Youth Focus

Youth Focus
Self determination

What do church groups, Boy Scouts, Girl Scouts, school peer groups, and 4-H all have in common? They have adults working with youth and peer groups, plus youth learning how to manage in the world.

Self-determination is believing that one has some impact over life's events rather than submitting passively to the will and whims of others. As an adult are you helping to foster positive youth development in your environment?

Young people must foster a personal sense of influence over their own lives, exercising their potential to become self-directing independent adults. Does your environment foster the opportunity for self-determination by encouraging youth to try new things and learn about them? A result of positive youth development that adolescents discover and practice their individual interests and skills, test their independence and take control of their lives.

Adult leaders might consider the following questions. In your club ?

  • Are members challenged to attempt new things or learn new skills?
  • Do youth have opportunities to discover something about themselves?
  • Do members have the opportunity to be someone special?
  • Do members have the opportunity to apply subject matter content and life skills learned to their everyday lives?

    Some practices your club may want to implement if they are not already in place include the list below:

    (1) Allow all youth to have a voice in selecting activities for the club. A good club program plan should provide every member the chance to do something that they are personally interested in. If members are not interested in the club plans, they will not attend and participate fully.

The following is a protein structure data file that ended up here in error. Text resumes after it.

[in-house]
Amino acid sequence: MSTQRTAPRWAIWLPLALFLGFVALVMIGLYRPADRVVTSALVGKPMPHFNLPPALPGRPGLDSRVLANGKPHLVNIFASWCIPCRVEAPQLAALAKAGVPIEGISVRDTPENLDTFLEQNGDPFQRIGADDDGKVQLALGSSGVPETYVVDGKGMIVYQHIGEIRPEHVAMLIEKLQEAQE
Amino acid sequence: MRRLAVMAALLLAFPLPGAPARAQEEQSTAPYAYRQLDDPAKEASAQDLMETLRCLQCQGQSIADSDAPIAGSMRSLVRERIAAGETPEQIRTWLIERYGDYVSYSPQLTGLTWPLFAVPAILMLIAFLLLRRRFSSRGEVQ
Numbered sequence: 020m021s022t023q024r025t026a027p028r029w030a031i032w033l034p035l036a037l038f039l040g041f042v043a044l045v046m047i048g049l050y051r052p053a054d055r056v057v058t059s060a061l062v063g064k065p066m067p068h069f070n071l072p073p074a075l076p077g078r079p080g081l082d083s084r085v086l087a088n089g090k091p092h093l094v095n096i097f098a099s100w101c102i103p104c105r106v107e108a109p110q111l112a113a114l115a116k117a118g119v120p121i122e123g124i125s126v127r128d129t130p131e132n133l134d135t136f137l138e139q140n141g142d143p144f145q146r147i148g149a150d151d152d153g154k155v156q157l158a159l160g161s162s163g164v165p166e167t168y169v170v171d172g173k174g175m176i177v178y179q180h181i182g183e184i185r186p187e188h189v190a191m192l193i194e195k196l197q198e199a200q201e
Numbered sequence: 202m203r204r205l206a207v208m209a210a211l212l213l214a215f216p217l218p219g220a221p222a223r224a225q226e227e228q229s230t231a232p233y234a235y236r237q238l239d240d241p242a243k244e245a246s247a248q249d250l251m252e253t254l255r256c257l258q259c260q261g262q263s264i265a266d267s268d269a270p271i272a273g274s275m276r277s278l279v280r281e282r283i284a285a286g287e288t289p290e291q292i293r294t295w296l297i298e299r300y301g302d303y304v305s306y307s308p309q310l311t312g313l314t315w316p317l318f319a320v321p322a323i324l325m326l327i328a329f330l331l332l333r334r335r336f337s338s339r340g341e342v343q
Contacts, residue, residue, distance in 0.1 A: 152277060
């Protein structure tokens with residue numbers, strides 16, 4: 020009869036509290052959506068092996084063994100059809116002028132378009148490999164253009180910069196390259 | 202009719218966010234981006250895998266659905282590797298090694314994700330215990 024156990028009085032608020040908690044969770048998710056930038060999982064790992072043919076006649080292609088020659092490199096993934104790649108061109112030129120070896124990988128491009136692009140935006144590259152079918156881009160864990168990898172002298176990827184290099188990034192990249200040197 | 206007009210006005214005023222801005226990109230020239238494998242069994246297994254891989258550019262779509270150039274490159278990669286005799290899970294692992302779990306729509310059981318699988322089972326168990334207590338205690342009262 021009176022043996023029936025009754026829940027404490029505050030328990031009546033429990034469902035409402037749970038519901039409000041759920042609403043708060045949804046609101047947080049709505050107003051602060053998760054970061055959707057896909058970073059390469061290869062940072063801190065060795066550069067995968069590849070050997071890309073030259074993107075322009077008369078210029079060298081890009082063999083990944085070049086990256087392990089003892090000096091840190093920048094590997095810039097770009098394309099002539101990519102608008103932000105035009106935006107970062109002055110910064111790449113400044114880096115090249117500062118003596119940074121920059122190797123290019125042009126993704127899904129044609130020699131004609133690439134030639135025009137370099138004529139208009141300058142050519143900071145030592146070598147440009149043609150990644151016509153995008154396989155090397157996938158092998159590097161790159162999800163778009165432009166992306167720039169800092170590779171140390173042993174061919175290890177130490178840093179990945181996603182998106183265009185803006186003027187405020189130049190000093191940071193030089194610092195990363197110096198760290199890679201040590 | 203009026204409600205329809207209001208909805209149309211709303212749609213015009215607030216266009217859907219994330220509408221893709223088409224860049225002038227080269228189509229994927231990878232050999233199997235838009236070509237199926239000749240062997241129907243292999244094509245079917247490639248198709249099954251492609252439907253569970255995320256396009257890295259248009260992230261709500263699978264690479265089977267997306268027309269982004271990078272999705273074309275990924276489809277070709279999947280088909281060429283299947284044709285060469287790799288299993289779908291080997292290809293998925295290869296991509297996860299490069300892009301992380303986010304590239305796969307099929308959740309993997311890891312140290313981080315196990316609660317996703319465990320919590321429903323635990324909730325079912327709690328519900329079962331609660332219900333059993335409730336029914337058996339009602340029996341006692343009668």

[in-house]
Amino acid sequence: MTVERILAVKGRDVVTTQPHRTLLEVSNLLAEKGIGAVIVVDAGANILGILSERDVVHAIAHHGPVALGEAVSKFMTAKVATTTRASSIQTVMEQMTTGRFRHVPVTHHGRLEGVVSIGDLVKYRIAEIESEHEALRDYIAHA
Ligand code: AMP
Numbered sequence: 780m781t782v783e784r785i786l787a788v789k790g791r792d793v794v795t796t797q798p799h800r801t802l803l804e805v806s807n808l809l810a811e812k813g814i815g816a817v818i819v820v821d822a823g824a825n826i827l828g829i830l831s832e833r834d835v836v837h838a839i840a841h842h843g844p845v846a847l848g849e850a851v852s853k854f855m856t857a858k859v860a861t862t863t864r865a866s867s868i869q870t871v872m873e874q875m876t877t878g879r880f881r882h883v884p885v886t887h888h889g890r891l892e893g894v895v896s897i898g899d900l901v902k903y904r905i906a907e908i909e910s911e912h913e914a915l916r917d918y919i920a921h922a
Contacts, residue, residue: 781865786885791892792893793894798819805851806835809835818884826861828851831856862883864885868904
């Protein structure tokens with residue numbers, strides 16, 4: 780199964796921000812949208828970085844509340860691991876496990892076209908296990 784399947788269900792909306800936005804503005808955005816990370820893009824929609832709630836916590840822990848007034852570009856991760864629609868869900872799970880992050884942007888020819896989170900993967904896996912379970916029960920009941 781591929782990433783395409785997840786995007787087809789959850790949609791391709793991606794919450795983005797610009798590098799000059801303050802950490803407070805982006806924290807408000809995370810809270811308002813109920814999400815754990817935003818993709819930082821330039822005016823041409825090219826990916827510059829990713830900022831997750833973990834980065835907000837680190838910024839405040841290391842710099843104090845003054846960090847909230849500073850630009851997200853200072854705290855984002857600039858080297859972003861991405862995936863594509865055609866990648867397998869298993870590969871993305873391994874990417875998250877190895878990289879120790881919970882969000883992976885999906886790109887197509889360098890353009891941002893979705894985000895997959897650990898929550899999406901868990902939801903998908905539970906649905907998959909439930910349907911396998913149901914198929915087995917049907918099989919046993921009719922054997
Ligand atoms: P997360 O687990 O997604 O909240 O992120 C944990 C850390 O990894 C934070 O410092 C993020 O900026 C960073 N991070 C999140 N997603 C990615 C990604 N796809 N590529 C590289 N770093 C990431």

(2) Encourage project leaders to use the experiential learning cycle – experience, share, process, generalize, and apply – when working with members in large or small groups.

    (3) Allow for plenty of time for members to talk about their own experiences at the club meetings. Youth need to be active by doing and experiencing. They also need to share feelings, ask questions, and consider how what they have leaned affects them and how they might apply their new knowledge or skill to other phases of their daily life. Each member should have three opportunities to speak during the duration of the club meeting.

    (4) Provide opportunities for older youth to test their independence. Match them with younger members as "Big Friends" or mentors for the year.

    (5) Have the older members plan, implement, and evaluate a program or activity for younger members. Be sure the opportunity provides some challenges for the older members. As leaders be supportive and interested in the project but allow the group to work through the problems and come up with their own solutions. At the end of the project, take time to sit down with older members and help them to reflect on their leadership experience.

    (6) Make certain that young people are heard and taken seriously by others. It is difficult for youth to learn to speak up and express themselves if they feel no one is paying attention. That is why it is so important that youth be given a chance to be involved in making choices and decisions that affect them. A good way to show that they are being taken seriously is to invite them to contribute their ideas, concerns and opinions in committee discussions.

    (7) Be sure that once youth have joined decision-making groups, they are not ignored. Adults tend to forget that they are not the only ones with important things to say. Listening is a skill that takes effort and practice. It is helpful for adults to try summarizing what they are hearing in order to be sure that they understand youth correctly.

    (8) Encourage youth to participate in decision-making activities with the club, committee chair, club officer or a member of a program planning committee, as well as urge them to apply for leadership positions at the county, regional or state level.

    My information was taken from the newsletter found at

    Upcoming event – Cooking with Honey in Parker at the Community Building on Sept. 26 call 677-7111 for more information.

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